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Stock Photography: Shooting tips on how to avoid violating IP rights

Are you interested in shooting stock photography and video to make a little extra income? Me, too. However, don’t waste time shooting images you can’t use because your image violates intellectual property (IP) rights. Here are a few shooting tips to help ensure your images will be accepted by stock agencies such as Adobe Stock. If you are already familiar with IP, skip to the tips sections; if not, I encourage you to spend a few minutes here to understand these rights so you don’t violate them.

Understanding intellectual property

The United States Patent and Trademark Office (USPTO) defines Intellectual Property as:

“…creations of the mind—creative works or ideas embodied in a form that can be shared or can enable others to recreate, emulate, or manufacture them.” There are four ways to protect intellectual property: patents, trademarks, copyrights or trade secrets.

What does this mean for stock photographers?

Stock agencies such as Adobe Stock offer commercial licenses, not editorial licenses. They take IP rights very seriously and will reject images that violate these rights. Some photographers consider this a pain, but this action protects artists and helps avoid legal repercussions. This layer of protection is why most photographers prefer to use a stock agency instead of trying to sell their images on their own.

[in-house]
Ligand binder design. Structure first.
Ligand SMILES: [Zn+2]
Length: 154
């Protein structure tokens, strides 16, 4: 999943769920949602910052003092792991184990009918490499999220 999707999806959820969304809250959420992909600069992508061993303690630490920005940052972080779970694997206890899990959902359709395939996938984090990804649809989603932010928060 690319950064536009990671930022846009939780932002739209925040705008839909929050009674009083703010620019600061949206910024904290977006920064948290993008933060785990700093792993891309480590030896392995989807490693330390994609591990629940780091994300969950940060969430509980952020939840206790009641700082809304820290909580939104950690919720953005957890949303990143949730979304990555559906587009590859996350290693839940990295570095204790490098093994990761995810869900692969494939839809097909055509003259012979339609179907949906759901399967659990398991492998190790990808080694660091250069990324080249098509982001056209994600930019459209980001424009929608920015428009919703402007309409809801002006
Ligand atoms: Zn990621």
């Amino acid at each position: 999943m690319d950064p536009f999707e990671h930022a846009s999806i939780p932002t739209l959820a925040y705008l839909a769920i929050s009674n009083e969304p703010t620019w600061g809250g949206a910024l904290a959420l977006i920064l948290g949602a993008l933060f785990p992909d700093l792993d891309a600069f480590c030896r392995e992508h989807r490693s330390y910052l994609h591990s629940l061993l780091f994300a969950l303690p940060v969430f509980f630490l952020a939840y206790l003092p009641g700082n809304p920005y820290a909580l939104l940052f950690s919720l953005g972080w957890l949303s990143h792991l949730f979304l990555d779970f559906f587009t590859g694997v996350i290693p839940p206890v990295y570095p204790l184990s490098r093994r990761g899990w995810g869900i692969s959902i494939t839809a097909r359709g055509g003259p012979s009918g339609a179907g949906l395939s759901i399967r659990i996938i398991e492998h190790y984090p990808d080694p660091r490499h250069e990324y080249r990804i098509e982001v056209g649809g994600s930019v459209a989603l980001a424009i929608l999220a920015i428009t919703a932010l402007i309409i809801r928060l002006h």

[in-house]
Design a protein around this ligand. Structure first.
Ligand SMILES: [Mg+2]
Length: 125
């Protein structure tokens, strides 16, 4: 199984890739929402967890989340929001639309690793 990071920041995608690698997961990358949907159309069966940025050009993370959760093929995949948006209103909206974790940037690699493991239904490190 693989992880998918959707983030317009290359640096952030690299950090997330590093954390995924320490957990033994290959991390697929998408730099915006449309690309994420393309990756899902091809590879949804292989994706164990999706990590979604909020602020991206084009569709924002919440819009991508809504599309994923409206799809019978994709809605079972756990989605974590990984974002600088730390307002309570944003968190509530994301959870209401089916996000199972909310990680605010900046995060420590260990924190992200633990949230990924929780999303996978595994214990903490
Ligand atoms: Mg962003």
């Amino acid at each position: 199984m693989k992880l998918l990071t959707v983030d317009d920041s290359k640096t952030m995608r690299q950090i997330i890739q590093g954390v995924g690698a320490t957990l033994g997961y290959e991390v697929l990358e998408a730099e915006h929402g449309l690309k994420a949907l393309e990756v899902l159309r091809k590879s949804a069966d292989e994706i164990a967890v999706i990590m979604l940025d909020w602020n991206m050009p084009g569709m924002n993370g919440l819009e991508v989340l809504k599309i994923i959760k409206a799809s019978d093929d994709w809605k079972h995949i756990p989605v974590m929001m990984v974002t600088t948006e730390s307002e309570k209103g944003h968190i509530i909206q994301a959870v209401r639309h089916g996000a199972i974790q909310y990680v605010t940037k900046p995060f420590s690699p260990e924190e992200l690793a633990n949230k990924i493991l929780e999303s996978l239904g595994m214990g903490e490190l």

Shooting tips to avoid violating IP rights

Scout the location

Before you begin shooting, take a moment and scout your location. Look for logos, signs, paintings or anything that is recognizable. Pay close attention to where these items are and be sure to exclude them from your photo.

Use your subject to block logos

If you’re photographing a person, sometimes all you need to do is move the person a few inches over to block a logo. This will hide the logo and keep your image from being rejected.

Shoot shallow depth of field

Changing your f/stop to produce a shallow depth of field of f/2.8 can throw the background out of focus just enough to avoid an IP violation. A long, perhaps 200-mm telephoto, lens at f/4.0 will compress the image and also throw the background out of focus. The goal is to apply the right amount of depth of field while still creating a pleasing image.

Shoot on an angle

If you have a scene with many logos or a painting on the wall, try shooting at a slight angle. This may be enough to capture the image you intended while ensuring the logo or painting isn’t recognizable.

Now that we understand IP rights and ways to avoid violating them, your stock images should have no problem being accepted.

Do you have a tip or other questions on shooting stock photography? Please leave them along with your comments below.

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